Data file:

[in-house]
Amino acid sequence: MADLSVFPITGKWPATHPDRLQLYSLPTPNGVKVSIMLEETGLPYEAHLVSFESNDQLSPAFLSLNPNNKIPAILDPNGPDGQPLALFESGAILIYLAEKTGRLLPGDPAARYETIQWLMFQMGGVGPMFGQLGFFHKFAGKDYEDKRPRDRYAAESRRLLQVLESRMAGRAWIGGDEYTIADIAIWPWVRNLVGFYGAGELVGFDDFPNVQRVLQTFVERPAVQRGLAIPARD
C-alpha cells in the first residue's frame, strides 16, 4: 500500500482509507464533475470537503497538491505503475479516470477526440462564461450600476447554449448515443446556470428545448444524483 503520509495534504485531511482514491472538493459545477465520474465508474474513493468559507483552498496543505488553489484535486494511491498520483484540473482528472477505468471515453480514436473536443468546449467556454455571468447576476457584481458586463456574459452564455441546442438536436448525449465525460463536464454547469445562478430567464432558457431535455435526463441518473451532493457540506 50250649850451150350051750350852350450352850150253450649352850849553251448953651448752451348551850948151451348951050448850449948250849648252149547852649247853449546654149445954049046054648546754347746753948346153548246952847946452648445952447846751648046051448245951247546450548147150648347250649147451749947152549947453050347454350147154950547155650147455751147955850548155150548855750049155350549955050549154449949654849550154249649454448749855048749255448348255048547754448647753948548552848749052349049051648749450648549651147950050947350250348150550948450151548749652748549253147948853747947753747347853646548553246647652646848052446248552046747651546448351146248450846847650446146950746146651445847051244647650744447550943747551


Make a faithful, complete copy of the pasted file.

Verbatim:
[in-house]
Amino acid sequence: MADLSVFPITGKWPATHPDRLQLYSLPTPNGVKVSIMLEETGLPYEAHLVSFESNDQLSPAFLSLNPNNKIPAILDPNGPDGQPLALFESGAILIYLAEKTGRLLPGDPAARYETIQWLMFQMGGVGPMFGQLGFFHKFAGKDYEDKRPRDRYAAESRRLLQVLESRMAGRAWIGGDEYTIADIAIWPWVRNLVGFYGAGELVGFDDFPNVQRVLQTFVERPAVQRGLAIPARD
C-alpha cells in the first residue's frame, strides 16, 4: 500500500482509507464533475470537503497538491505503475479516470477526440462564461450600476447554449448515443446556470428545448444524483 503520509495534504485531511482514491472538493459545477465520474465508474474513493468559507483552498496543505488553489484535486494511491498520483484540473482528472477505468471515453480514436473536443468546449467556454455571468447576476457584481458586463456574459452564455441546442438536436448525449465525460463536464454547469445562478430567464432558457431535455435526463441518473451532493457540506 50250649850451150350051750350852350450352850150253450649352850849553251448953651448752451348551850948151451348951050448850449948250849648252149547852649247853449546654149445954049046054648546754347746753948346153548246952847946452648445952447846751648046051448245951247546450548147150648347250649147451749947152549947453050347454350147154950547155650147455751147955850548155150548855750049155350549955050549154449949654849550154249649454448749855048749255448348255048547754448647753948548552848749052349049051648749450648549651147950050947350250348150550948450151548749652748549253147948853747947753747347853646548553246647652646848052446248552046747651546448351146248450846847650446146950746146651445847051244647650744447550943747551